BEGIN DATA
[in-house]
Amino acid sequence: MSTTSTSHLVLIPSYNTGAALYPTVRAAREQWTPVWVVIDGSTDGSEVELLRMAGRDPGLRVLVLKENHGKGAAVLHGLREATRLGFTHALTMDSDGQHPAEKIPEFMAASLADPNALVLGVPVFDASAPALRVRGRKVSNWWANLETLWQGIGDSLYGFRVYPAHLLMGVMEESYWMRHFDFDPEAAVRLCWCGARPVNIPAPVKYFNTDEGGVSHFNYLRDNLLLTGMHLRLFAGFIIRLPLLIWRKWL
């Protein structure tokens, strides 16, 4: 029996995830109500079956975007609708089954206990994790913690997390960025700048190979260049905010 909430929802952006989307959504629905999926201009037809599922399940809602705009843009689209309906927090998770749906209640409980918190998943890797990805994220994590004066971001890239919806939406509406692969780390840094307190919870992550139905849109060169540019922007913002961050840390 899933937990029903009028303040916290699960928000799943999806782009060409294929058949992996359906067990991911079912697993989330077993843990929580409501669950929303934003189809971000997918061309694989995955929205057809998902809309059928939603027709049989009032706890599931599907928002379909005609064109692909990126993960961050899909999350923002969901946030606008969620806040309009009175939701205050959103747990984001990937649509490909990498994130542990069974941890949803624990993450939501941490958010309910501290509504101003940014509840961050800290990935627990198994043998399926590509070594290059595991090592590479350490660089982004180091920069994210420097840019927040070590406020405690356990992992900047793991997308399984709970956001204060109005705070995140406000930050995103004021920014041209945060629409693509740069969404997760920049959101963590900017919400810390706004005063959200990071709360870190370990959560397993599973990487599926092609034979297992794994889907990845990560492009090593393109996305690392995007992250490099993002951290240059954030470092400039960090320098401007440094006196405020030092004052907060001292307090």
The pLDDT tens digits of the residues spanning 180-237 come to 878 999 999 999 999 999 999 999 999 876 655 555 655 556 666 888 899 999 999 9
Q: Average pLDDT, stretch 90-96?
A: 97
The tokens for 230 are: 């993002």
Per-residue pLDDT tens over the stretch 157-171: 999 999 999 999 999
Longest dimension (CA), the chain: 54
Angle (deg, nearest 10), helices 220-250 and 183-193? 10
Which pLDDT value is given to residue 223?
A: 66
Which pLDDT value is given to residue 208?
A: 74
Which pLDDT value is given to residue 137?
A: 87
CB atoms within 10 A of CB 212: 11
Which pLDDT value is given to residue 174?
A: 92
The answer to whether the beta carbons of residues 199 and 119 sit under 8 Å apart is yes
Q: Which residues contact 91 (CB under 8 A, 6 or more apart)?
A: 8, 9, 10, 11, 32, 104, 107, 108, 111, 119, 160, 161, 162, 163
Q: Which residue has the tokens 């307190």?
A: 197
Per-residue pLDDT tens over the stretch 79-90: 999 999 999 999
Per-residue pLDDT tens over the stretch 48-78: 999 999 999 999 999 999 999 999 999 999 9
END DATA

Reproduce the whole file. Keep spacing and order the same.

[in-house]
Amino acid sequence: MSTTSTSHLVLIPSYNTGAALYPTVRAAREQWTPVWVVIDGSTDGSEVELLRMAGRDPGLRVLVLKENHGKGAAVLHGLREATRLGFTHALTMDSDGQHPAEKIPEFMAASLADPNALVLGVPVFDASAPALRVRGRKVSNWWANLETLWQGIGDSLYGFRVYPAHLLMGVMEESYWMRHFDFDPEAAVRLCWCGARPVNIPAPVKYFNTDEGGVSHFNYLRDNLLLTGMHLRLFAGFIIRLPLLIWRKWL
């Protein structure tokens, strides 16, 4: 029996995830109500079956975007609708089954206990994790913690997390960025700048190979260049905010 909430929802952006989307959504629905999926201009037809599922399940809602705009843009689209309906927090998770749906209640409980918190998943890797990805994220994590004066971001890239919806939406509406692969780390840094307190919870992550139905849109060169540019922007913002961050840390 899933937990029903009028303040916290699960928000799943999806782009060409294929058949992996359906067990991911079912697993989330077993843990929580409501669950929303934003189809971000997918061309694989995955929205057809998902809309059928939603027709049989009032706890599931599907928002379909005609064109692909990126993960961050899909999350923002969901946030606008969620806040309009009175939701205050959103747990984001990937649509490909990498994130542990069974941890949803624990993450939501941490958010309910501290509504101003940014509840961050800290990935627990198994043998399926590509070594290059595991090592590479350490660089982004180091920069994210420097840019927040070590406020405690356990992992900047793991997308399984709970956001204060109005705070995140406000930050995103004021920014041209945060629409693509740069969404997760920049959101963590900017919400810390706004005063959200990071709360870190370990959560397993599973990487599926092609034979297992794994889907990845990560492009090593393109996305690392995007992250490099993002951290240059954030470092400039960090320098401007440094006196405020030092004052907060001292307090």
The pLDDT tens digits of the residues spanning 180-237 come to 878 999 999 999 999 999 999 999 999 876 655 555 655 556 666 888 899 999 999 9
Q: Average pLDDT, stretch 90-96?
A: 97
The tokens for 230 are: 């993002």
Per-residue pLDDT tens over the stretch 157-171: 999 999 999 999 999
Longest dimension (CA), the chain: 54
Angle (deg, nearest 10), helices 220-250 and 183-193? 10
Which pLDDT value is given to residue 223?
A: 66
Which pLDDT value is given to residue 208?
A: 74
Which pLDDT value is given to residue 137?
A: 87
CB atoms within 10 A of CB 212: 11
Which pLDDT value is given to residue 174?
A: 92
The answer to whether the beta carbons of residues 199 and 119 sit under 8 Å apart is yes
Q: Which residues contact 91 (CB under 8 A, 6 or more apart)?
A: 8, 9, 10, 11, 32, 104, 107, 108, 111, 119, 160, 161, 162, 163
Q: Which residue has the tokens 């307190």?
A: 197
Per-residue pLDDT tens over the stretch 79-90: 999 999 999 999
Per-residue pLDDT tens over the stretch 48-78: 999 999 999 999 999 999 999 999 999 999 9